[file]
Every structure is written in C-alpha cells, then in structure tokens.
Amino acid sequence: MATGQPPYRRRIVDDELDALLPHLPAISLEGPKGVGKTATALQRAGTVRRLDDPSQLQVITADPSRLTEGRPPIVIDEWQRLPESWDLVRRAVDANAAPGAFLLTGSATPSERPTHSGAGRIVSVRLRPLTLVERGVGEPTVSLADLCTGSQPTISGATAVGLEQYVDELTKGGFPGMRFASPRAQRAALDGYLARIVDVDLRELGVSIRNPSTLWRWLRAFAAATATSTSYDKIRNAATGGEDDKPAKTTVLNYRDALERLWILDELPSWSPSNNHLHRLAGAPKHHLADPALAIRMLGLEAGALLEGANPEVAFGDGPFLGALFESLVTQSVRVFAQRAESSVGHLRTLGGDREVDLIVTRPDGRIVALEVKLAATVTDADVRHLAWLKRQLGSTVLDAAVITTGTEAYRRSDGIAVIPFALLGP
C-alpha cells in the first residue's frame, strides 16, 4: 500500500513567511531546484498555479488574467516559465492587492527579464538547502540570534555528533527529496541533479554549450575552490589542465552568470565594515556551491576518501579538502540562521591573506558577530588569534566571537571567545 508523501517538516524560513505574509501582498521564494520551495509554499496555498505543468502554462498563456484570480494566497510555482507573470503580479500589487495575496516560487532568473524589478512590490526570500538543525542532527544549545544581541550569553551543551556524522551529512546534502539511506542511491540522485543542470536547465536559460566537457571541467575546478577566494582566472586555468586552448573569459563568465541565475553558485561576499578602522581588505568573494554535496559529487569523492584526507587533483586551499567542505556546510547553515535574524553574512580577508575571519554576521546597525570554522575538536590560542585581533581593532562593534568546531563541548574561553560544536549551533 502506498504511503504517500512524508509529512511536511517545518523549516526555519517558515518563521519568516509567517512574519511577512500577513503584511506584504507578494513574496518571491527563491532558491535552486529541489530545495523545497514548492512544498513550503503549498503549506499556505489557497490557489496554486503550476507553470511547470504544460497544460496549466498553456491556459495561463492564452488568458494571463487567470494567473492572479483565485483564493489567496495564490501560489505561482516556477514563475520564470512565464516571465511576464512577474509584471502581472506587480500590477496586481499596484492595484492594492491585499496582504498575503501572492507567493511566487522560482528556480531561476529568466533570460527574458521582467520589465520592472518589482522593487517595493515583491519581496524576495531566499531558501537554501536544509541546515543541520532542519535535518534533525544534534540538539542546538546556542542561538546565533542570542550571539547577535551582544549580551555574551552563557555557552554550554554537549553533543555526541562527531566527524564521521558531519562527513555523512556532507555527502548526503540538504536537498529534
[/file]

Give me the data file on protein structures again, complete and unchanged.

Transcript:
Every structure is written in C-alpha cells, then in structure tokens.
Amino acid sequence: MATGQPPYRRRIVDDELDALLPHLPAISLEGPKGVGKTATALQRAGTVRRLDDPSQLQVITADPSRLTEGRPPIVIDEWQRLPESWDLVRRAVDANAAPGAFLLTGSATPSERPTHSGAGRIVSVRLRPLTLVERGVGEPTVSLADLCTGSQPTISGATAVGLEQYVDELTKGGFPGMRFASPRAQRAALDGYLARIVDVDLRELGVSIRNPSTLWRWLRAFAAATATSTSYDKIRNAATGGEDDKPAKTTVLNYRDALERLWILDELPSWSPSNNHLHRLAGAPKHHLADPALAIRMLGLEAGALLEGANPEVAFGDGPFLGALFESLVTQSVRVFAQRAESSVGHLRTLGGDREVDLIVTRPDGRIVALEVKLAATVTDADVRHLAWLKRQLGSTVLDAAVITTGTEAYRRSDGIAVIPFALLGP
C-alpha cells in the first residue's frame, strides 16, 4: 500500500513567511531546484498555479488574467516559465492587492527579464538547502540570534555528533527529496541533479554549450575552490589542465552568470565594515556551491576518501579538502540562521591573506558577530588569534566571537571567545 508523501517538516524560513505574509501582498521564494520551495509554499496555498505543468502554462498563456484570480494566497510555482507573470503580479500589487495575496516560487532568473524589478512590490526570500538543525542532527544549545544581541550569553551543551556524522551529512546534502539511506542511491540522485543542470536547465536559460566537457571541467575546478577566494582566472586555468586552448573569459563568465541565475553558485561576499578602522581588505568573494554535496559529487569523492584526507587533483586551499567542505556546510547553515535574524553574512580577508575571519554576521546597525570554522575538536590560542585581533581593532562593534568546531563541548574561553560544536549551533 502506498504511503504517500512524508509529512511536511517545518523549516526555519517558515518563521519568516509567517512574519511577512500577513503584511506584504507578494513574496518571491527563491532558491535552486529541489530545495523545497514548492512544498513550503503549498503549506499556505489557497490557489496554486503550476507553470511547470504544460497544460496549466498553456491556459495561463492564452488568458494571463487567470494567473492572479483565485483564493489567496495564490501560489505561482516556477514563475520564470512565464516571465511576464512577474509584471502581472506587480500590477496586481499596484492595484492594492491585499496582504498575503501572492507567493511566487522560482528556480531561476529568466533570460527574458521582467520589465520592472518589482522593487517595493515583491519581496524576495531566499531558501537554501536544509541546515543541520532542519535535518534533525544534534540538539542546538546556542542561538546565533542570542550571539547577535551582544549580551555574551552563557555557552554550554554537549553533543555526541562527531566527524564521521558531519562527513555523512556532507555527502548526503540538504536537498529534